On May 8, 2019, in Cedar Point Nursery v. Shiroma, __ F.3d __ (Case No. 16-16321) (2019), a 2-1 Ninth Circuit panel majority held that a California regulation allowing union organizers access to agricultural employees on employers’ private property, to communicate about union organization under certain limited circumstances, is not a Fifth Amendment taking.

Continue Reading Ninth Circuit: “Access Regulation” Allowing Union Organizing Activities on Employers’ Private Property is Not a Fifth Amendment Taking

On April 5, 2019, in a case originally filed March 8, 2019, the Second District Court of Appeal certified for publication York v. City of Los Angeles, __ Cal.App.5th __ (Case No. B278254) (2019), an inverse condemnation case filed when the City of Los Angeles approved the construction of an 8,000 square foot home, 1,300 square foot guest house, driveway, swimming pool, tennis court, storage sheds, retaining walls, and “wine caves” on a 40-acre parcel in the Hollywood hills but denied the landowners’ request for approximately 79,000 cubic yards of grading that accompanied the proposed project.

Under the then-applicable version of the City’s grading ordinance, the maximum grading permitted on the property as a matter of right was 3,300 cubic yards.  But the ordinance provides the zoning administrator discretion to grant a “deviation” to allow additional grading in excess of the maximum allowed “by-right” if the zoning administrator makes certain required findings.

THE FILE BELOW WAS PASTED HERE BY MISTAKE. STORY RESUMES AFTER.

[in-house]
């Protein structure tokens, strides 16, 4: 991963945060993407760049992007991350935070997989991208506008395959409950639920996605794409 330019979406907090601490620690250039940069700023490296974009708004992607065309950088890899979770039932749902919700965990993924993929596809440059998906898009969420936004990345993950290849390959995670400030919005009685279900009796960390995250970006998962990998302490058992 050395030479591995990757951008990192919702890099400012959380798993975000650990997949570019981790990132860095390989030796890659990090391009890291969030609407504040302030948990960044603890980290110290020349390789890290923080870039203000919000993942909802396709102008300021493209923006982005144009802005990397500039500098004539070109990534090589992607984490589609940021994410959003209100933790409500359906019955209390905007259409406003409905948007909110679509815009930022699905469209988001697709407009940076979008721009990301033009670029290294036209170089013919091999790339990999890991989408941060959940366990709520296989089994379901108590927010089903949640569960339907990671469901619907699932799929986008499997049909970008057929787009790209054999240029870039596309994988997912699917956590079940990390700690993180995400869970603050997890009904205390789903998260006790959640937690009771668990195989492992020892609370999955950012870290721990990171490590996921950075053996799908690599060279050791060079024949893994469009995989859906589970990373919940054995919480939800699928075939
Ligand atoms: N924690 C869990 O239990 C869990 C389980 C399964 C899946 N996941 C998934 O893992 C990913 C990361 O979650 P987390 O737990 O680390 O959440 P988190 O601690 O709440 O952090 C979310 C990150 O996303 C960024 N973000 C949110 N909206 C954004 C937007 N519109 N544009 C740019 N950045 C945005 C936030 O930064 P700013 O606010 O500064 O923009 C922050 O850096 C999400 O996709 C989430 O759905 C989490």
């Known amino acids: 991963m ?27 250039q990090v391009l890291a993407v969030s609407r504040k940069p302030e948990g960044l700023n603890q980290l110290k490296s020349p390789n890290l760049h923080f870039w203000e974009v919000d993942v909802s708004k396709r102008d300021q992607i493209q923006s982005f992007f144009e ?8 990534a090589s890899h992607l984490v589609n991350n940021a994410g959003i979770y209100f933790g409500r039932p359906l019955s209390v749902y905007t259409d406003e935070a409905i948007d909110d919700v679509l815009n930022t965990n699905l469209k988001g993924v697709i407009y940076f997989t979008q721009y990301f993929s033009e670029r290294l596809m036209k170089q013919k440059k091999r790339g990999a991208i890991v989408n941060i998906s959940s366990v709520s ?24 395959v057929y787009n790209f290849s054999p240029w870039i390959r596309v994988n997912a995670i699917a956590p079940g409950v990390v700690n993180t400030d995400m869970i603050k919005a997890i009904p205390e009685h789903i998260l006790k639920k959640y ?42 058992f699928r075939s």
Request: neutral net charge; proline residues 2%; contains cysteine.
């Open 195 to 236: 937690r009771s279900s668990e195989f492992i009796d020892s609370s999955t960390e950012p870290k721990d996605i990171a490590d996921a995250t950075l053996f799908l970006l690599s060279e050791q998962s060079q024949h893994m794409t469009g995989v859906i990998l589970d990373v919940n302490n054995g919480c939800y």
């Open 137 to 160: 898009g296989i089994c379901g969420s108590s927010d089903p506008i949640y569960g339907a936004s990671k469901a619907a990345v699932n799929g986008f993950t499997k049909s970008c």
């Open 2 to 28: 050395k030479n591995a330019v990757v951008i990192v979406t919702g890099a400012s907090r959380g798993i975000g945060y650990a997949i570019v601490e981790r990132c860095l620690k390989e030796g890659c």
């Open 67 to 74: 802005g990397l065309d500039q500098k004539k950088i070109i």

Continue Reading Court Holds That Takings Claims Are Not Ripe Because City’s Denial of Grading Permit Was Not a Final Decision

Takings cases involving transportation agencies such as Caltrans typically involve physical occupations of land under the law of eminent domain.  In a twist on such physical occupation, in a case originally filed on December 12, 2018, and published January 11, 2019, the Third District Court of Appeal held, in Prout v. Department of Transportation, 31 Cal.App.5th 200 (2019), that Caltrans’ physical occupation, without compensation, of a strip of land fronting State Highway 12 in the County of Calaveras to make highway improvements was a valid acceptance of an offer of dedication that did not amount to a taking under the law of inverse condemnation.

Continue Reading Caltrans’ Acceptance of Offer of Dedication by Physical Occupation Does Not Lead to Takings Liability

On October 17, 2018, in Beach and Bluff Conservancy v. City of Solana Beach, __ Cal.App.5th __ (2018) (Case No. D072304), the Fourth District Court of Appeal ruled against a coastal property owner’s group in its facial challenge to amendments to the City of Solana Beach’s Local Coastal Program Land Use Plan.  The amendments adopted policies encouraging greater public access and restricting the use of seawalls and other shoreline protection devices.

Continue Reading Court Rules in Favor of Coastal Commission and City in Constitutional Challenge to Land Use Plan Amendments

In 2005, in Lingle v. Chevron U.S.A. Inc., the U.S. Supreme Court unanimously overruled the first prong of a regulatory takings test established 25 years earlier, in Agins v. City of Tiburon.  In Agins, the Court held that a regulation effects a taking if it (1) does not “substantially advance legitimate state interests” or (2) “denies an owner economically viable use of his land.”  Writing for a unanimous Court in Lingle, then Justice Sandra Day O’Connor recognized that “the language the Court selected [in Agins] was regrettably imprecise” and “reveals nothing about the magnitude or character of the burden a particular regulation imposes upon private property rights.”